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CHICAGO TRIBUNE


By GRACE WONG

CHICAGO TRIBUNE | DEC 08, 2020 AT 10:20 AM


You may be familiar with the tacos and margaritas at Moe’s Cantina, but perhaps not with the restaurant chain’s latest line of business. The two locations of the Chicago restaurant have nixed Northern Mexican fare (for now) to transform into COVID-19 testing facilities. Owner Sam Sanchez has partnered with medical professionals to oversee the testing and hired former employees to take care of the nonmedical aspects.


The venture marks the second big pivot for Sanchez’s restaurant group, Third Coast Hospitality, which includes two Moe’s Cantinas and also two locations of Old Crow Smokehouse. At the River North location of the latter, Sanchez has been manufacturing and selling masks since June while simultaneously running restaurant operations. But after the second indoor dining shutdown ordered by the state took effect in late October, Sanchez closed both locations of Moe’s Cantina. Then, in November, something happened to make Sanchez see a new need: He began exhibiting COVID-19 symptoms.


It took him four days to be able to get a test, for which he paid $150. He shared his positive result with his staff, encouraging them all to get tested, too. For some of them, however, it took two weeks to get tested and receive results, preventing them from working. The experience convinced Sanchez to pivot his business for the second time since March and to reopen the two Moe’s restaurants Dec. 2 as COVID-19 testing sites.


“There’s no way that should take that long,” Sanchez said of the extended waits people have endured to get tested. “People need to work, see their parents and travel. ... People need tests now.”


Sanchez, who is still making masks on top of the COVID-19 testing endeavor, said he saw a gap in available testing, especially for hospitality workers, some of whom don’t have insurance or are undocumented and face challenges in health care access. People need to know as quickly as possible if they’re negative for COVID-19, he said, so that they can return to work, earn money and provide for their families.


“The demand that we’re trying to fill are those people who need results very quickly for the reason of getting back to work, or traveling, or feeling a sense of calm as they’re trying to visit family,” said Korina Sanchez, Sam Sanchez’ daughter and the general counsel for Third Coast Hospitality.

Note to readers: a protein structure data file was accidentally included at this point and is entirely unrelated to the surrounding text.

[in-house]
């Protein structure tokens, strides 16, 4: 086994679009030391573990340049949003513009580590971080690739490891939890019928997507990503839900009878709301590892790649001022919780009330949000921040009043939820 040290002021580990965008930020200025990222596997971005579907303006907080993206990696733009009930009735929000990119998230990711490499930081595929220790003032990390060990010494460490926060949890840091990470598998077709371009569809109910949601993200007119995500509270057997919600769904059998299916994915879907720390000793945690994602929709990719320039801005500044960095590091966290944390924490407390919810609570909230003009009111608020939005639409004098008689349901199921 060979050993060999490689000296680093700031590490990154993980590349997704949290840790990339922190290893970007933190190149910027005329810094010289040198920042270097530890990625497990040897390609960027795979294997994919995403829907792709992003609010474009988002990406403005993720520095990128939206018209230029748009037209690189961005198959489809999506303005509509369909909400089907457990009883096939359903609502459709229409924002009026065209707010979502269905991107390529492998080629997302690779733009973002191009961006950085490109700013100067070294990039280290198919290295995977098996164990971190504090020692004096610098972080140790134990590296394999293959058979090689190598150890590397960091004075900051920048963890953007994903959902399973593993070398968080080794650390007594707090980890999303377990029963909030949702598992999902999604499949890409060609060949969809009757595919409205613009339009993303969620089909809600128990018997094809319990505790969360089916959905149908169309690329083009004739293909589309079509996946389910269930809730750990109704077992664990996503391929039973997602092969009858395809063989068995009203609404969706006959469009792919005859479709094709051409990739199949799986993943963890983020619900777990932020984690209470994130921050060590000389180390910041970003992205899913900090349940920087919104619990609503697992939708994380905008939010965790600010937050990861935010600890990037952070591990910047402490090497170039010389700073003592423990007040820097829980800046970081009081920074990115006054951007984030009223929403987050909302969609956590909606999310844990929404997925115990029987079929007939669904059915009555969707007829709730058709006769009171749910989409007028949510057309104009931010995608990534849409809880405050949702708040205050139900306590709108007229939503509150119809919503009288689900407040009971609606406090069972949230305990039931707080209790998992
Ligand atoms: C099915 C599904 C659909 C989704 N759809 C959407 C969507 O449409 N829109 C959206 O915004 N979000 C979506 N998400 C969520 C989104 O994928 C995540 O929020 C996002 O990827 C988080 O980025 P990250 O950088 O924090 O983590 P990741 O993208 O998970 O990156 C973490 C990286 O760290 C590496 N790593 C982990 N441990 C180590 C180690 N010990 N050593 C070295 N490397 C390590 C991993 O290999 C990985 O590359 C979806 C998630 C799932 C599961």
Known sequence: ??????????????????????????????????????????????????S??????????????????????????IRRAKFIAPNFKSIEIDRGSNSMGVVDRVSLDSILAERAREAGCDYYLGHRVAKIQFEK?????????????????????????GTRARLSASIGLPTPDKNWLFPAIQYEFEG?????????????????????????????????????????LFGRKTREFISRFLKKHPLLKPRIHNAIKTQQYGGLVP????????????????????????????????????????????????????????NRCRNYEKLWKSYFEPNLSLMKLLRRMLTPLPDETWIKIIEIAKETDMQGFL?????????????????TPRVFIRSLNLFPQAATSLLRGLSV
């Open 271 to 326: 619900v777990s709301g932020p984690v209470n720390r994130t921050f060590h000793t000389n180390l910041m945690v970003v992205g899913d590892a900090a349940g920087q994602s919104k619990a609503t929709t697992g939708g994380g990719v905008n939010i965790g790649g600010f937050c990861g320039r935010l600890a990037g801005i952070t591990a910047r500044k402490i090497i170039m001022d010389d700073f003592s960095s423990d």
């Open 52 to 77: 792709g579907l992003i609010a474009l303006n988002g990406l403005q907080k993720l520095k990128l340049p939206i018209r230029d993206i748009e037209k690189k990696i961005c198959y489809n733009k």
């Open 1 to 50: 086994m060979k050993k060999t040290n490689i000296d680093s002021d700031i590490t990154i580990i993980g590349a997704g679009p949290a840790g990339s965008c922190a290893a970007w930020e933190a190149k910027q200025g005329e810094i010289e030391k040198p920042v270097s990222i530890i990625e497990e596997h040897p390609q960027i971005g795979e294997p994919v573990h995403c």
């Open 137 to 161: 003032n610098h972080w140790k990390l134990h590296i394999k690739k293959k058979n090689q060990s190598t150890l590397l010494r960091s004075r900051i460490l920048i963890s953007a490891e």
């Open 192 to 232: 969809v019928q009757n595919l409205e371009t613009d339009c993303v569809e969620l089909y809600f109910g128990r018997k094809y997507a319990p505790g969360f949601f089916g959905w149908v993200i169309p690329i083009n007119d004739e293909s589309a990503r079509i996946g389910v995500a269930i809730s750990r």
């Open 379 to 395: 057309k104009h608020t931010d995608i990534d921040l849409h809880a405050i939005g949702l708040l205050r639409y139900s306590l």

Employees at Old Crow Smokehouse, owned by Sam Sanchez, manufacture and package face masks at the River North restaurant Dec. 7, 2020. The Moe's Cantina next door has turned into a COVID-19 testing site. (E. Jason Wambsgans / Chicago Tribune)

By tapping their existing connections with Ronnie Mandal, an internal medicine doctor at Swedish Covenant Hospital, and the medical supplier they’ve been working with for mask manufacturing, Sam Sanchez turned the River North and Wrigleyville Moe’s Cantina locations into COVID-19 testing facilities.


Mandal said access to testing is a huge issue right now, even for medical professionals, and praised the new testing sites as a benefit to the community.


“I think it’s unique,” Mandal said. “Hopefully other physicians will get on board and see if this is something they can do for the community.”


With nurses doing the actual testing, and some of the restaurant’s managers helping check in patients and doing other nonmedical tasks, the team at Moe’s Cantina is using the CareStart COVID-19 rapid antigen test. The tests are analyzed in-house. Patients can register online or walk in, paying $135 for the test with a $25 discount for hospitality workers who bring proof of employment.


Patient contacts and test results are reported to the state daily and they’re fully in compliance with all the Illinois Department of Public Health requirements, Mandal said. They haven’t met their capacity yet — 200 tests a day — but anticipate more patients during the holidays.



Moe's Cantina manager Liz Duff has been trained as a COVID-19 training tech as the restaurant has turned two of its locations into COVID-19 testing sites. (E. Jason Wambsgans / Chicago Tribune)

Sam Sanchez, who is also the first vice chairman of the Illinois Restaurant Association, believes that this could be a successful strategy for other large restaurants who remain closed because of state orders.


Korina Sanchez cautioned that this business model would probably be viable only for a few months and would require finding a medical practitioner to oversee the operation on top of a legal expert to help navigate the paperwork.


However, Sam Sanchez encouraged any restaurant that is interested in setting up a COVID-19 testing site to reach out to him for help. “I hear every story of people going under and losing everything they have,” Sam Sanchez said. “People have to make a living and we try to find a way to help them out.”


Ultimately, Korina Sanchez said, the switch is to ensure that one day they’ll be able to reopen the restaurants. Mandal said the increased testing will help achieve this goal in the long run.


“We want to encourage people to come out to Moe’s or any other local site to just get tested often,” Mandal said. “That’s the key to helping us get back to normal life.”

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